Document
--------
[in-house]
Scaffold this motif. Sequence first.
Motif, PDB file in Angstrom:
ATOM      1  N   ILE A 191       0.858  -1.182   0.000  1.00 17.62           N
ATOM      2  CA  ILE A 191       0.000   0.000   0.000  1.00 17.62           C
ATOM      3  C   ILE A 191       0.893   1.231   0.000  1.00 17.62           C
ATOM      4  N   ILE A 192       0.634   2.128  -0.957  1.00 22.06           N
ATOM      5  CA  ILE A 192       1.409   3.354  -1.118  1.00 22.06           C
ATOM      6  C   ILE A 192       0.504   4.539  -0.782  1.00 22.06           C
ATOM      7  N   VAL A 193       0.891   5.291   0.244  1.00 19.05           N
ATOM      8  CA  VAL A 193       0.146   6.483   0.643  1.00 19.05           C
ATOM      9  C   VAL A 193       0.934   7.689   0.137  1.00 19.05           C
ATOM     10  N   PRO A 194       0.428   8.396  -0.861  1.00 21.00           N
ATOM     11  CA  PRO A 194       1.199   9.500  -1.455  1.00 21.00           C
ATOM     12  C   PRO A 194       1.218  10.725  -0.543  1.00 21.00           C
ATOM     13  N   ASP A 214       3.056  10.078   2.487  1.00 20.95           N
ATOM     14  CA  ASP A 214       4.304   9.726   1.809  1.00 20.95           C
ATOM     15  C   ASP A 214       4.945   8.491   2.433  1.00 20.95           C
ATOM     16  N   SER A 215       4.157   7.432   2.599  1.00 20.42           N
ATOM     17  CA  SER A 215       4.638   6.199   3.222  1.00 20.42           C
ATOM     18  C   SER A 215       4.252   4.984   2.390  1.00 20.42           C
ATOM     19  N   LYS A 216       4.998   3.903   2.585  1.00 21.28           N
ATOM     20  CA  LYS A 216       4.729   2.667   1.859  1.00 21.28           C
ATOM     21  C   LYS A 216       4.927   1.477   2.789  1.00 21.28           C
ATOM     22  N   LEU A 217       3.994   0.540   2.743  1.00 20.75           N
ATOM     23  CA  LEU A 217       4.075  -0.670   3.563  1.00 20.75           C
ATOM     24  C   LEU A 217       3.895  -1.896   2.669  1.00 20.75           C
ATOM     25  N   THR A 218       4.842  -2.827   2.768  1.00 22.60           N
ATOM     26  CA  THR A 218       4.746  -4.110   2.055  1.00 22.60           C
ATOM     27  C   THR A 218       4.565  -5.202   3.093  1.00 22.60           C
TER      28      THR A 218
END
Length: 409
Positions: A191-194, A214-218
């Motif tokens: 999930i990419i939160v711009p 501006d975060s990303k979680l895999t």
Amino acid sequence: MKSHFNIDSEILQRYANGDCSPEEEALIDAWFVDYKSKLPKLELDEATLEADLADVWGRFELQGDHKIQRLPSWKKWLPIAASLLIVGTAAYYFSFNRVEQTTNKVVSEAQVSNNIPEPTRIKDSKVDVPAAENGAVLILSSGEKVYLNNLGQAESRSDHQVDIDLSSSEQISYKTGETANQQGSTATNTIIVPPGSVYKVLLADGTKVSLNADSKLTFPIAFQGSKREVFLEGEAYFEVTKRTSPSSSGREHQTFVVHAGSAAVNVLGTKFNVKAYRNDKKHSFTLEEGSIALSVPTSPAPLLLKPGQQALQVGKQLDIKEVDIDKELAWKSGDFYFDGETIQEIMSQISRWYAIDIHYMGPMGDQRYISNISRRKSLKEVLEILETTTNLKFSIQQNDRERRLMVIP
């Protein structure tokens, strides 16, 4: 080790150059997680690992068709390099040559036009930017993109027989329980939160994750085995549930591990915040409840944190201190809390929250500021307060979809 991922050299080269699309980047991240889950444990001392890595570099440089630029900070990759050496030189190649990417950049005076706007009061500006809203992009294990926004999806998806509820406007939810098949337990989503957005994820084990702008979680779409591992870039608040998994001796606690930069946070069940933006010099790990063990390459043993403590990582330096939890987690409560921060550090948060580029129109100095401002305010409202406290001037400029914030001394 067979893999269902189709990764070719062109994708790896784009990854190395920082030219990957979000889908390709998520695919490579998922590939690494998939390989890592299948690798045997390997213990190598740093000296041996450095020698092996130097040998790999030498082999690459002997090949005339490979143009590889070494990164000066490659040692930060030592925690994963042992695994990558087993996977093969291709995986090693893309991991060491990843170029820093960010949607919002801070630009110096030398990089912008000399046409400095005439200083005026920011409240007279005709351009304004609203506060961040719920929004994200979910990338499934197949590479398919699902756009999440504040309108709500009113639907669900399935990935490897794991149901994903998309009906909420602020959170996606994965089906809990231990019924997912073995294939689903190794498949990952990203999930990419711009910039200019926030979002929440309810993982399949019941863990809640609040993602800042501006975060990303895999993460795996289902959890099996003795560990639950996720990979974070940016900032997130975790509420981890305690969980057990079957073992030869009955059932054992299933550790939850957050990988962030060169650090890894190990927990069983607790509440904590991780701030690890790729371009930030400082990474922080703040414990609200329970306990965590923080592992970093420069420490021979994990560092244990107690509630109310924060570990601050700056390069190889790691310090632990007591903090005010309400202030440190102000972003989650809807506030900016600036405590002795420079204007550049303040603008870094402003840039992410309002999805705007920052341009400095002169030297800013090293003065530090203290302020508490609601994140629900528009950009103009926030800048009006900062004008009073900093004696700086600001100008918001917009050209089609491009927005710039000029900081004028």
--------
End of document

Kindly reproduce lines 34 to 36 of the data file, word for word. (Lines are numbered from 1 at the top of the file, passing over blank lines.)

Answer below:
Positions: A191-194, A214-218
């Motif tokens: 999930i990419i939160v711009p 501006d975060s990303k979680l895999t």
Amino acid sequence: MKSHFNIDSEILQRYANGDCSPEEEALIDAWFVDYKSKLPKLELDEATLEADLADVWGRFELQGDHKIQRLPSWKKWLPIAASLLIVGTAAYYFSFNRVEQTTNKVVSEAQVSNNIPEPTRIKDSKVDVPAAENGAVLILSSGEKVYLNNLGQAESRSDHQVDIDLSSSEQISYKTGETANQQGSTATNTIIVPPGSVYKVLLADGTKVSLNADSKLTFPIAFQGSKREVFLEGEAYFEVTKRTSPSSSGREHQTFVVHAGSAAVNVLGTKFNVKAYRNDKKHSFTLEEGSIALSVPTSPAPLLLKPGQQALQVGKQLDIKEVDIDKELAWKSGDFYFDGETIQEIMSQISRWYAIDIHYMGPMGDQRYISNISRRKSLKEVLEILETTTNLKFSIQQNDRERRLMVIP